The resulting moments of inertia were then compared to theoretical calculations for the moment of inertia. Purpose To demonstrate that the laws of simple harmonic motion apply to a compound pendulum. Procedures 1. Take measurements of the mass of the bar, the mass of the weights, the length and width of the bar, the radius of the weight, and distances from the pivot point to the centers of mass of the bar, the weight, and the bar and weight combined. 2. Select a pivot hole. Hang the bar from the knife edge support through the pivot hole and swing the pendulum with an angle of less than ten degrees. 3.

Start timer at the beginning of an oscillation and stop it after ten complete oscillations. 4. Record the time. 5. Repeat for five trials. 6. Change conditions, i. e. the location of the weight on the bar and the pivot hole used, and repeat the above. Sources Wozniewski, L. (2000). Physics Laboratory Manual: Coefficient of Static and Kinetic Friction. Retrieved October 19, 2003, from Indiana University Northwest, Department of Chemistry, Physics, and Astronomy Web site: http://www. iun. edu/~cpalw/pweb/pendulum/pendulum. htm Cutnell, John and Johnson, Kenneth. Physics Sixth Edition. Hoboken, NJ: Wiley and Sons, 2004.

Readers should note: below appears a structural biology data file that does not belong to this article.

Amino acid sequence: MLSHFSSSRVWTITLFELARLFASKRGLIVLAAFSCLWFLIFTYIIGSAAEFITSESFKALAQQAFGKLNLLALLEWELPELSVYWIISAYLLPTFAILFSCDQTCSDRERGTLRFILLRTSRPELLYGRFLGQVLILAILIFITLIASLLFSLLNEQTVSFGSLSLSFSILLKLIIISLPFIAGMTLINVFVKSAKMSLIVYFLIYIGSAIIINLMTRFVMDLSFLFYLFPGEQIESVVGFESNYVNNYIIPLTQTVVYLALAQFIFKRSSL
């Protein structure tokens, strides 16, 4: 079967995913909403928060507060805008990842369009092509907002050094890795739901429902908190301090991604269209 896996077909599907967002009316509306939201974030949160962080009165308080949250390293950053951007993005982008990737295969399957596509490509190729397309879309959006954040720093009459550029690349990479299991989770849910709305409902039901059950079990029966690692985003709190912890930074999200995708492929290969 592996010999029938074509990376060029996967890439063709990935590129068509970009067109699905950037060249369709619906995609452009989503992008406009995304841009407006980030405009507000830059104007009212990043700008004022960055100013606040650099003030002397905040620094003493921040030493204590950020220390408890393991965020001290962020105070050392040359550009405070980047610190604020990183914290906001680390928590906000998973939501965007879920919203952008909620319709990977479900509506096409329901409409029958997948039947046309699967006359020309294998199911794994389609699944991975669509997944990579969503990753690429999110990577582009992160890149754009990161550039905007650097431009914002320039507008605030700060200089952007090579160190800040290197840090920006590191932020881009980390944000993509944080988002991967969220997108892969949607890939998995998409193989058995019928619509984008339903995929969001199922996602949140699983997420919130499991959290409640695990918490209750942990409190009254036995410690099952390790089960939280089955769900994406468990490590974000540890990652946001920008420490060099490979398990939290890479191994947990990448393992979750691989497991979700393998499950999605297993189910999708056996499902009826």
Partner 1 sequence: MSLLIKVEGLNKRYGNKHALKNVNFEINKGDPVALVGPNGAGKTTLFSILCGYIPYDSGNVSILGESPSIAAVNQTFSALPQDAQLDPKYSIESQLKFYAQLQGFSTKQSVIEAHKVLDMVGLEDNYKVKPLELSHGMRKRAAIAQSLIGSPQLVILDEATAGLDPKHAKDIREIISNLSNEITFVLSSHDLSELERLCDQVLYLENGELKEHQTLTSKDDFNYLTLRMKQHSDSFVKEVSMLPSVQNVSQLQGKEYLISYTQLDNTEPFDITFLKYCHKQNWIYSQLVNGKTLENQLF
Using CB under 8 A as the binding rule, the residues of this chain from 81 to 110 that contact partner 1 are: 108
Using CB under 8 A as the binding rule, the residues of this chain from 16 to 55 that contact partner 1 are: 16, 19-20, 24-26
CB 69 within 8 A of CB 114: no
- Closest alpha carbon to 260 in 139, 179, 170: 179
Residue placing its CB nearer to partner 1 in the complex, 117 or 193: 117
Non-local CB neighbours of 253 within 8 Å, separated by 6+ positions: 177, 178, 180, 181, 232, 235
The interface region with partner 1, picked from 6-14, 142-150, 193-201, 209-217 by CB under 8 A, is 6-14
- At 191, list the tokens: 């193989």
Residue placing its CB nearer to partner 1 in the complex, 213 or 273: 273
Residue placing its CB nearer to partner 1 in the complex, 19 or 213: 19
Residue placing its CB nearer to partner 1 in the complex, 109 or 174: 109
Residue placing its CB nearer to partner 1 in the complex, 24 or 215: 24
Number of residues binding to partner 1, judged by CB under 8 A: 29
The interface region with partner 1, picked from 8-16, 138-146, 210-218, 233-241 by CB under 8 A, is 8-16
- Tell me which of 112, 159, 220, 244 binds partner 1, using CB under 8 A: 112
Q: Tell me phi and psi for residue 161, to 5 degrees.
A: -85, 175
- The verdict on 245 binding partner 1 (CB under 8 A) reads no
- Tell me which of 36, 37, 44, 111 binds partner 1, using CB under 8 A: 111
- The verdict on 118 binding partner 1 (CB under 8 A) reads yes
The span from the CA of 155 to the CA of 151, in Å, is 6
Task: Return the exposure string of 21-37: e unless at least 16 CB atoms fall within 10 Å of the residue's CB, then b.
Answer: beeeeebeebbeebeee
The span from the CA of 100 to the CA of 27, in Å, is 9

Tables of Experimental Data set/triaConclusion The motion of a compound pendulum was similar to the motion of simple harmonic motion. The oscillations of the pendulum were similar in velocity, acceleration, and period to that of an ideal spring oscillating back and forth in harmonic motion. Therefore, the laws of simple harmonic motion could be applied to a compound pendulum also, because the experimental moment of inertia was comparable to the theoretical moment of inertia.

It should be noted that moving the center of mass of the weights further from the pivot point increased the moment of inertia, and thus slowed down the rotation of the pendulum about the pivot point. Bringing the weight in closer to the pivot point provided less torque, which allowed faster times for the period. The average percent error for the shorter R was 2. 67%, and for the longer R was 6. 15%. This may be due to the greater time involved in the swing, which allowed friction and air resistance more time to act on the pendulum, as well as the larger swing area that front to back movement of the pendulum could have been introduced.

Also, the theoretical calculation was based on ideal conditions, without friction or air resistance, which could not be obtained in the lab setting. Human error could have played a role in the error of the experiment, also. Measurements were taken by yardsticks, and the angle that the pendulum was started at may have been greater than ten percent, which could have skewed the results on one or both of the pendulums.